Dementia and its Relation to Cerebrovascular Disease

  • S. Hoyer


According to Mayer-Gross, Slater and Roth (1), dementia is based on a global deterioration of higher mental functions and intellectual capacities. It may be defined as a global disturbance of mental functioning in its cognitive, intellectual and emotional aspects. McHugh and Folstein (2) defined dementia as a deterioration of cognitive functions including memory, abstract reasoning, attention, language and perception without prominent changes in consciousness. Disturbances in mood with anxiety and depression, in affectiveness, paranoid symptoms, delusions, hallucinations, personality changes and catastrophic reactions were also described to be associated with dementia. For clinical and pathophysiological reasons, primary and secondary forms of dementia should necessarily be separated. According to Sir Martin Roth (3), secondary dementia symptoms will have been of relatively short duration with rather abrupt onset. Their intellectual impairment may be patchy and inconsistent and may show marked fluctuations in severity as related to the severity of the extracerebral disease. Clouding and confusion would seem to be typical in secondary rather than primary dementia. In this paper, only secondary dementias due to circulatory disorders will be discussed.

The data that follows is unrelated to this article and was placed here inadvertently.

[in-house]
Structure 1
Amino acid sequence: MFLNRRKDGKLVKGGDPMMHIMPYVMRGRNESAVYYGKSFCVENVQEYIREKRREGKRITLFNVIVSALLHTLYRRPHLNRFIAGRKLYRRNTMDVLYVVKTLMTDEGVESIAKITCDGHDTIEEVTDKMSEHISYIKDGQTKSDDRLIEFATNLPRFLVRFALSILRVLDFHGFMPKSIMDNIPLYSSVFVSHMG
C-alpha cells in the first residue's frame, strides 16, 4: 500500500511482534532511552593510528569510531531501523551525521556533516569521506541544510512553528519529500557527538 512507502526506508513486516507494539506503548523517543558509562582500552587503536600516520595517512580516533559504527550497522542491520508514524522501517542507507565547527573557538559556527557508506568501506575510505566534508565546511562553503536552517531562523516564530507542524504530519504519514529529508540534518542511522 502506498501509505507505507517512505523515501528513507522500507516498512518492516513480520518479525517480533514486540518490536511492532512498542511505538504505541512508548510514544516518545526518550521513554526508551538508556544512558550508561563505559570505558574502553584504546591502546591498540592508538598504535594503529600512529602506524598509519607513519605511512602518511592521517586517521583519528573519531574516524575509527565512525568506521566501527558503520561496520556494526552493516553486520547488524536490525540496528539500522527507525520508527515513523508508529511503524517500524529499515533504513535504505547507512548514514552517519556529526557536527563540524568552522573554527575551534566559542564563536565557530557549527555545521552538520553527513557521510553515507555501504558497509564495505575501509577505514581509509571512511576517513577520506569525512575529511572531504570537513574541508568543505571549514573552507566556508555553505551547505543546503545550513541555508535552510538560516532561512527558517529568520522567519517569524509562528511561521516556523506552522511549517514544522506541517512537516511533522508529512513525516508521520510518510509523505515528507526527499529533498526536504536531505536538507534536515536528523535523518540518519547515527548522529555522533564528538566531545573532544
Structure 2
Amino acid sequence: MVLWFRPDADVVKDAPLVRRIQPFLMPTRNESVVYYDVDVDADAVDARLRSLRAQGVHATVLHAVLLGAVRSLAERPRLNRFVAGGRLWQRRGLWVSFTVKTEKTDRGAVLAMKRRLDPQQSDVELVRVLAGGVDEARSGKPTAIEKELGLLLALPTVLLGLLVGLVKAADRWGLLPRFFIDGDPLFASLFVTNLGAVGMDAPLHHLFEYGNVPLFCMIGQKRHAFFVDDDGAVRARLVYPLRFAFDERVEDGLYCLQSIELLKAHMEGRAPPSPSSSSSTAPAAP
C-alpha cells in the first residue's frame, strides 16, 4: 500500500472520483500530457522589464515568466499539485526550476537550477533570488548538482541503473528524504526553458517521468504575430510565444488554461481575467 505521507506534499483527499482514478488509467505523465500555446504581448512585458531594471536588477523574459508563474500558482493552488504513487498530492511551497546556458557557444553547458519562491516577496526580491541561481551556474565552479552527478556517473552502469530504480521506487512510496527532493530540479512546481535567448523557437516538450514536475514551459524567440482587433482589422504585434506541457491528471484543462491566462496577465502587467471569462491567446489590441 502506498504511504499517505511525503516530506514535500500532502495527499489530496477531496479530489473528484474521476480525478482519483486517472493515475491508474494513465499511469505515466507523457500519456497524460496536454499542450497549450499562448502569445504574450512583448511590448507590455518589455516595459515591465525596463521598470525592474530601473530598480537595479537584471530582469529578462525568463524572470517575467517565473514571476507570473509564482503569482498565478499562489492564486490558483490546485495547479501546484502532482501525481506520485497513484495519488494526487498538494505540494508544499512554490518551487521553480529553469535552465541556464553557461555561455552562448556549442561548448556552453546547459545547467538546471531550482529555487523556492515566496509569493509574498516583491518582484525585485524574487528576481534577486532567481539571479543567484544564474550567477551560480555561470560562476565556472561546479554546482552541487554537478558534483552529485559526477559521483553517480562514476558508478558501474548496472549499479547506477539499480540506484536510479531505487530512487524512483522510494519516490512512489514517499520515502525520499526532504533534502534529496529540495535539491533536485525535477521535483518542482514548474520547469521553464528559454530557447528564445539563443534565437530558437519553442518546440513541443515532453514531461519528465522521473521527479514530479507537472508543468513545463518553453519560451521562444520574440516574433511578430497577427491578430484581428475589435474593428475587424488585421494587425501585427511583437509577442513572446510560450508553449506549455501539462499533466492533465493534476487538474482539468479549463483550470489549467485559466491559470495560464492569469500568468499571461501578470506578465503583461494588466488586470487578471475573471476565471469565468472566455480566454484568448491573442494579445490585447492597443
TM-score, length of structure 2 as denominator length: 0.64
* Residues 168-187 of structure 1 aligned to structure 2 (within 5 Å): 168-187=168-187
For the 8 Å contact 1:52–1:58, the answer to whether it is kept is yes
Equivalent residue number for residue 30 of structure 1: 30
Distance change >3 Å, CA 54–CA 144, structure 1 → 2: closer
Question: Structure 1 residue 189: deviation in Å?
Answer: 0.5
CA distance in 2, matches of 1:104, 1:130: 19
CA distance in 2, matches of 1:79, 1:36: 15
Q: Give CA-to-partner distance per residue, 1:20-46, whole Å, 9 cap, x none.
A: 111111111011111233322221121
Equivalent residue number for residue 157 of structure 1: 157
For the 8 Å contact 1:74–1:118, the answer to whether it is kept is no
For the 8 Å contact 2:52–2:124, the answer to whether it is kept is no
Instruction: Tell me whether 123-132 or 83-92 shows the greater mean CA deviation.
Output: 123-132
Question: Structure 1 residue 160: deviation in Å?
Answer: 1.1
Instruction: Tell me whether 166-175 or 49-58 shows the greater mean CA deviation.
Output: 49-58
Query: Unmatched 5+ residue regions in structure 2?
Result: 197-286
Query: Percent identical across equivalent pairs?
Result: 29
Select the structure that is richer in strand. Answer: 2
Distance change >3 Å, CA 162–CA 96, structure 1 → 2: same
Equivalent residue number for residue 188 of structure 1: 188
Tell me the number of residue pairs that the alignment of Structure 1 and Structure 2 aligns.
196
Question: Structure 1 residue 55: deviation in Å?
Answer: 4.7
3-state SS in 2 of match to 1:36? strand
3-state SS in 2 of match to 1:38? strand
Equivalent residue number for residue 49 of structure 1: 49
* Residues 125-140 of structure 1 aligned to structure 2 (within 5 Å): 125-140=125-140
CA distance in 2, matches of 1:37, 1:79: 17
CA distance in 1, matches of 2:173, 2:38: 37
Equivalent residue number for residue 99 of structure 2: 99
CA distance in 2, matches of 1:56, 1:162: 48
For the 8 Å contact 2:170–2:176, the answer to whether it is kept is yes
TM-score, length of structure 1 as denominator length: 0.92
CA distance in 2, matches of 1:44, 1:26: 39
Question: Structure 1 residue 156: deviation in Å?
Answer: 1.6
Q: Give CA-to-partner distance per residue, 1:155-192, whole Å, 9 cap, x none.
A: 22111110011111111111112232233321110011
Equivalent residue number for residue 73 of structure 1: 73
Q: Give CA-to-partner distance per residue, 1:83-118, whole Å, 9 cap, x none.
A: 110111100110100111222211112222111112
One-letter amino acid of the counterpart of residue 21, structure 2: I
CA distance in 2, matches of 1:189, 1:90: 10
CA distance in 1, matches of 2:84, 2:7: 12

Cerebral Blood Flow Hypertensive Encephalopathy Brain Blood Flow Vascular Type High Mental Function 
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Copyright information

© Springer Science+Business Media New York 1985

Authors and Affiliations

  • S. Hoyer
    • 1
  1. 1.Dept. of Pathochemistry and General NeurochemistryUniversity of HeidelbergHeidelbergGermany

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